“Observe?” Kairi asked.

She looked into the closest interrogation room. The seated figure whose arms were chained to the table was barely recognizable from the last time she had seen him. The one who called himself Spike had recovered from his injuries, but he still looked weak. The shaved side of his head had grown a light brown fuzz, while the other side dangled in long strips of fading pink. Despite his dim surroundings, he was smirking slightly, like someone had told him a funny joke.

“They are finally handing him over to Marcus, huh?” Kairi asked.

Raina sighed. “I tried my best to get information out of him my way. He’s a stubborn one, able to break through my suggestions by blathering about sports stars and cartoons. He definitely knows something, though, about these recent incidents involving potential carriers. Word is there’s another nutjob claiming to be attempting to revive ‘The Dark God’, and if that’s the case, who knows how many others he might have suckered into that cause.”

Kairi nodded as she accepted the cup of coffee from Stacks. She felt kind of sorry for Spike, knowing what he was about to go through. Then again, he was a dangerous man, and he likely knew the location of other dangerous men. If it was in the name of protecting innocents, Kairi understood.

“I’m kind of excited, to be honest,” Stacks said. “Not about the interrogation, of course, but about what it might yield. I’ve been following our open cases, all these missing persons who were potential carriers, these battles that involve potential carriers. This guy could be the key to the biggest group of rogue Elementalists in decades!”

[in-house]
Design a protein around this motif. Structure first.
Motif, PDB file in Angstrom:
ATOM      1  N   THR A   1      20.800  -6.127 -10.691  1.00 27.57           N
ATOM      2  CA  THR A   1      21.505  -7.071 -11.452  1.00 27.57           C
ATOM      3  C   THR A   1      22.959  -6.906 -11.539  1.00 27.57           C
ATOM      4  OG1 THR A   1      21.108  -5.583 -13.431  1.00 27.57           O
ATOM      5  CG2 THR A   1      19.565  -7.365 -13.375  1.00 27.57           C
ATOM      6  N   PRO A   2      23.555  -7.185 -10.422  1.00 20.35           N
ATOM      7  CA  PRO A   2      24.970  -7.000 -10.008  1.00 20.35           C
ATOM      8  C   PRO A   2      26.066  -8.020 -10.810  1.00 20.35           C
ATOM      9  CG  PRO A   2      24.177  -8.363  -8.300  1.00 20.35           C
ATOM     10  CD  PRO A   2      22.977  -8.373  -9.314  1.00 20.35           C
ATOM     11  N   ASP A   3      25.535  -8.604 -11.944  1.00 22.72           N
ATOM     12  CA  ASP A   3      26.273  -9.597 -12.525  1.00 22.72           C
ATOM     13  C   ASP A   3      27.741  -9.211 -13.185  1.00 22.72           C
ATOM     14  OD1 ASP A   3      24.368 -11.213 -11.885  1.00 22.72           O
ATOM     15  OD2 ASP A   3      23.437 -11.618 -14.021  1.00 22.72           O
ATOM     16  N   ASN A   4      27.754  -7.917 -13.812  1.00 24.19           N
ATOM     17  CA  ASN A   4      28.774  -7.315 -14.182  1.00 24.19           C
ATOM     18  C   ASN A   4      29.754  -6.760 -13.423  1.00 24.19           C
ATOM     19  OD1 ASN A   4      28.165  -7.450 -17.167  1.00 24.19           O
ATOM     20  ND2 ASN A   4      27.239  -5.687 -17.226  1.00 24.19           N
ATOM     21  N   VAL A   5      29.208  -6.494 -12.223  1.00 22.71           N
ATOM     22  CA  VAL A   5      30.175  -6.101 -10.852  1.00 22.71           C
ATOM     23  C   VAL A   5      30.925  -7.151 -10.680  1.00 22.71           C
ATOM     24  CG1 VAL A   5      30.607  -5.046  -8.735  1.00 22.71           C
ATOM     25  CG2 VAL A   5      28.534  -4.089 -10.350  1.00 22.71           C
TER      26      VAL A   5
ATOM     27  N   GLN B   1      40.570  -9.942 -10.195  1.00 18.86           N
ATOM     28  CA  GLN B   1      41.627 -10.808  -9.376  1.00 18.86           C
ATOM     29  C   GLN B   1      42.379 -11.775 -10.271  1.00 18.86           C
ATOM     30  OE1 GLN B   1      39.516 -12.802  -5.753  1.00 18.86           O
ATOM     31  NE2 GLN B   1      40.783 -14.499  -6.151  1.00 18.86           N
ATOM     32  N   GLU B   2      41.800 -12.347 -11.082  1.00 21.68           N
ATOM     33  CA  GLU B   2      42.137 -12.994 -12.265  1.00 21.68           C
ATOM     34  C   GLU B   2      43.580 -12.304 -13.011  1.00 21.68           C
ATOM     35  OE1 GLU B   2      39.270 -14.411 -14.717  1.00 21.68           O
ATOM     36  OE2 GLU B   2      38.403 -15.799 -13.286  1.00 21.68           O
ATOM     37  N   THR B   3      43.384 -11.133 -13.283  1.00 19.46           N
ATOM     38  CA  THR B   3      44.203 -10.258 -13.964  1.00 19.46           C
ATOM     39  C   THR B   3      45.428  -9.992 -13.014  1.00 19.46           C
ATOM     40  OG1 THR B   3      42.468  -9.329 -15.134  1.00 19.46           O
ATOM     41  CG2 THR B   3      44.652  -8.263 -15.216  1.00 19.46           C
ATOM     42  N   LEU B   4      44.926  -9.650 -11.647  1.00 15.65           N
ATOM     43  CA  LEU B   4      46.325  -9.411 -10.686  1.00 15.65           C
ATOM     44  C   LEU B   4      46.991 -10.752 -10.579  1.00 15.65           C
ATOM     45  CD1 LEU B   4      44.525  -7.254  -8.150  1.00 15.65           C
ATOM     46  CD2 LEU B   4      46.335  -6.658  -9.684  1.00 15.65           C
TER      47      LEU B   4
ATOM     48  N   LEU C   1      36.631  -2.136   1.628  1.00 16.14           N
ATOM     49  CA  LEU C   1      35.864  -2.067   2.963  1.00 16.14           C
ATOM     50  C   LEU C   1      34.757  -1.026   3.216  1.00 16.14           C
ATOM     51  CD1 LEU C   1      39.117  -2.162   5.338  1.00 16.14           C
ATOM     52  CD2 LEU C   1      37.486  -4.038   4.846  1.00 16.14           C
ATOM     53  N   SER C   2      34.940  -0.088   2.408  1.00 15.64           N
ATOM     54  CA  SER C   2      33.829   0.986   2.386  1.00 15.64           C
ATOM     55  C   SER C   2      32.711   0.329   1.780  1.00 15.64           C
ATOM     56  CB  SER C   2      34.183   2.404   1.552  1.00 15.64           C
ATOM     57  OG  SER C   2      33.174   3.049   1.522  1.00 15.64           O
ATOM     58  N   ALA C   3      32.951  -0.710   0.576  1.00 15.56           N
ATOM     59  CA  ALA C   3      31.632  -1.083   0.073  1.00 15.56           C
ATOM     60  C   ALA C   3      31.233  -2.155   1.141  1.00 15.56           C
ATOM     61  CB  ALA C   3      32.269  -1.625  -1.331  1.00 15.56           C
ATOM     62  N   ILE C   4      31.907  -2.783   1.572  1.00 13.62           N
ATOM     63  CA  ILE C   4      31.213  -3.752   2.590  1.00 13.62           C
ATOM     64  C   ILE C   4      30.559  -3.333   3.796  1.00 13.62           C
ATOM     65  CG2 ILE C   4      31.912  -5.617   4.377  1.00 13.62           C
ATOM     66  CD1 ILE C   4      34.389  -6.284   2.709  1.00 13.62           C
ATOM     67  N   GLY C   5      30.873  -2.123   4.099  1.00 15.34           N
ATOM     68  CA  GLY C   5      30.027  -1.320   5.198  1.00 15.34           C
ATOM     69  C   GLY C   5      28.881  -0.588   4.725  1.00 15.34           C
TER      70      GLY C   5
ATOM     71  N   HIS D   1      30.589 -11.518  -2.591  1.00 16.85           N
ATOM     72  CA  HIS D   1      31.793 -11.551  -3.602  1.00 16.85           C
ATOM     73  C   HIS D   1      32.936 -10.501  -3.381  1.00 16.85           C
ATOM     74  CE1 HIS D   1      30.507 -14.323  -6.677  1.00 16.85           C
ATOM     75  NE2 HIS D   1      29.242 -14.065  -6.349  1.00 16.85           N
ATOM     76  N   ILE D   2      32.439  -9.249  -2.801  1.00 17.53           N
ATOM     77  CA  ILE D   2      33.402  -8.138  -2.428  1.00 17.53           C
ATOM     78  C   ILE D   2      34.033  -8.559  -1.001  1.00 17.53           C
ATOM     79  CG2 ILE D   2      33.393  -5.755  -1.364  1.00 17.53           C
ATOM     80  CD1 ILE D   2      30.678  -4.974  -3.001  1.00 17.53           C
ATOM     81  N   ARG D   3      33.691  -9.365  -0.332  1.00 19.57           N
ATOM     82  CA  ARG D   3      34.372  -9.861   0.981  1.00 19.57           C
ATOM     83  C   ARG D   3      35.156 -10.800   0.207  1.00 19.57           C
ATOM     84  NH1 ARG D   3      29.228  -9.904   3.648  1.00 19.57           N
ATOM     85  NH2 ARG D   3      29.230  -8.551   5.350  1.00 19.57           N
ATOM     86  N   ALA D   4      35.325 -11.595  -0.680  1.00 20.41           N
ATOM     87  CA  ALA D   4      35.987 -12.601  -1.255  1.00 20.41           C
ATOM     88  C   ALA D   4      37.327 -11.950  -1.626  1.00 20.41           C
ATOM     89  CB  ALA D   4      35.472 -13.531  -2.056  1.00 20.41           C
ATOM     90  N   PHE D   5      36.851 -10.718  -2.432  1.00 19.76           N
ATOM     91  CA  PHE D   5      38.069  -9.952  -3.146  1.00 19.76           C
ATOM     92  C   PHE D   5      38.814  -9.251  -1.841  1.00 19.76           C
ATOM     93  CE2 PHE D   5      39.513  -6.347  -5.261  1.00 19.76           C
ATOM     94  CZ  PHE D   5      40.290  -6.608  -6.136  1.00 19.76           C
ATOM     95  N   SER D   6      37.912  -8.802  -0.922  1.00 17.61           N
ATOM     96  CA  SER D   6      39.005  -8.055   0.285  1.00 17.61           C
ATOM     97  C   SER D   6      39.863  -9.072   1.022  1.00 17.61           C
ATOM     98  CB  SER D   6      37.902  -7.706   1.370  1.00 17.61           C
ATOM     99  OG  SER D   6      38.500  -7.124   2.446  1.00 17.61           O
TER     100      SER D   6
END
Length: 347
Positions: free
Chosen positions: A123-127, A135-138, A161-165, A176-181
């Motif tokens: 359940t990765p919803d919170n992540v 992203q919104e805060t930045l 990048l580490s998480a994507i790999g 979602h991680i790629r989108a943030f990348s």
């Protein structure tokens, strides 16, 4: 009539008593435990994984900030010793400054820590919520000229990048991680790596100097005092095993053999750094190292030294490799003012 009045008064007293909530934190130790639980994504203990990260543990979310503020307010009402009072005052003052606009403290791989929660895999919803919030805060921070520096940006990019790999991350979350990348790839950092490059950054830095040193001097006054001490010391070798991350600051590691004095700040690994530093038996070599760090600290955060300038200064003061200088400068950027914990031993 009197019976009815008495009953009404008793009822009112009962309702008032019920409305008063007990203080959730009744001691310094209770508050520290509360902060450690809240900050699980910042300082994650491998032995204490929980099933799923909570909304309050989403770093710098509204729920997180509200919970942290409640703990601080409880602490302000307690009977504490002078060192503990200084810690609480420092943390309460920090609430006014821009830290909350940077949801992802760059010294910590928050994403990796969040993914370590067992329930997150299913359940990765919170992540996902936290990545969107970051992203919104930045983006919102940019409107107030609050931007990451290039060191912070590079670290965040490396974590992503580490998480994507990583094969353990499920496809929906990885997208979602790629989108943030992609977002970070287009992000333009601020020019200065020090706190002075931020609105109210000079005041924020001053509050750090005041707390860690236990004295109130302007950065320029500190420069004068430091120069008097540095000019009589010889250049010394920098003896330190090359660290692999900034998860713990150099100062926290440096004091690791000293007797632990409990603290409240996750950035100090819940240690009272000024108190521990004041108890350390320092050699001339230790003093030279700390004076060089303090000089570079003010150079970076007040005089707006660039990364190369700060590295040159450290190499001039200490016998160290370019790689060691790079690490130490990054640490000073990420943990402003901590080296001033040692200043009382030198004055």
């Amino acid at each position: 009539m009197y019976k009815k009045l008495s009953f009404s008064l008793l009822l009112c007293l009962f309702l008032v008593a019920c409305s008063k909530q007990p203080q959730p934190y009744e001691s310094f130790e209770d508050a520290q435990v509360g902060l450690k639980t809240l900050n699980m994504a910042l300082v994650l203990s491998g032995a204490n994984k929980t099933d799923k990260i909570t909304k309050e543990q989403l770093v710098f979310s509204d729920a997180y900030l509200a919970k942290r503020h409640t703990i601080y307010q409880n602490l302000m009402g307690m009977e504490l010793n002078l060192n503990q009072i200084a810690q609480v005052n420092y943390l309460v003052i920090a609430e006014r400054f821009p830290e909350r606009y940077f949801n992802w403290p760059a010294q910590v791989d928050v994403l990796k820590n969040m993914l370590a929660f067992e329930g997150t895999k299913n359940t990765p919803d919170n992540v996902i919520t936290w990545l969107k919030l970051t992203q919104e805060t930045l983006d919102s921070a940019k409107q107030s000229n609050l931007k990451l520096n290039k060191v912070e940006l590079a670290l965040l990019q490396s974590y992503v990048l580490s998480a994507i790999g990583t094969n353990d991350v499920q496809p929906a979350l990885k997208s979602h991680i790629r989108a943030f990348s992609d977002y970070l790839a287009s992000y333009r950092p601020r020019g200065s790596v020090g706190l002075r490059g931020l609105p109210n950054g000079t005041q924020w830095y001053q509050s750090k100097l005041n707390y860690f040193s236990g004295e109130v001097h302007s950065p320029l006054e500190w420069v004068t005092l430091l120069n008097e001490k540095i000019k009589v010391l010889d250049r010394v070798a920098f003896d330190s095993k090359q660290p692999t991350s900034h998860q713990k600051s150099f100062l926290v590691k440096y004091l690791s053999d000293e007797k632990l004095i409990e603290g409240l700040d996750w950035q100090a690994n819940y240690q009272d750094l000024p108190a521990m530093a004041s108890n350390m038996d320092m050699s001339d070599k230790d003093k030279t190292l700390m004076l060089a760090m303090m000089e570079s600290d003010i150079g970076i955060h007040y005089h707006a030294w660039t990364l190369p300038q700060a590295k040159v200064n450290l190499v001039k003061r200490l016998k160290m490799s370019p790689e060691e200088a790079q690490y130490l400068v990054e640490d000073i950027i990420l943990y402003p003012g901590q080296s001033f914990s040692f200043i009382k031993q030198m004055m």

One thing that could be said about Stacks was that he enjoyed his job. He was always excited to have new opportunities to test his Elemental theories. And study the abilities of captured rogue Elementalists.

“Hopefully I can help shed some light,” said a soft voice.

No one had heard Marcus approach. The small man had a boyish face and a slight build that made him seem more like a kid dressing up like a soldier than the ECT’s top interrogator. The childish bangs on his straight-combed, light blond hair didn’t help make him seem any more mature. Nor did the way he he couldn’t seem to look anyone in the eye, always looking to floor or off in the distance when talking to people.

“The man of the hour arrives,” Stacks said jovially. “Hope you don’t mind, me and Raina are going to observe. Curiosity.”

“I suppose that’s alright,” Marcus replied, studying a patch tiles on the floor. “Though it’s a little embarrassing having people watch me work, I’m being recorded anyway.” He turned his attention to Raina, which for him meant he looked at a spot on the wall somewhere beside her. “Oh, by the way, Raina … your underwear today is blue.”

Stacks sputtered on his coffee. “Not cool, man! You’re going to get to called into HR again! Don’t you remember what happened last time -”

Raina gestured for him to calm down. “It’s alright. Me and Marcus have a running bet. He was bragging so much about how he could find out anything about a person, so I bet him he couldn’t tell me what color underwear I was wearing for thirty days in a row. If he can’t, he has to let me take him dancing.” She sighed. “It’s been two weeks and I still haven’t figured out how he’s doing it to try and put a stop to him.”

“Two more weeks and she will have to watch an entire season of Doctor Who,” Marcus said, smiling lightly.

“God help me,” Raina sighed.

Kairi quietly sipped her coffee while watching the proceedings with amusement. It was her usual place, watching others have fun from the sidelines. She preferred it that way.

“Will you be watching, too?” Marcus asked, drawing Kairi unwillingly into the conversation.

“Oh … uhm, yes. Maybe just a little.”

With a nod, Marcus turned from the group and entered into the interrogation room. The three onlookers crowded around the view-window to watch.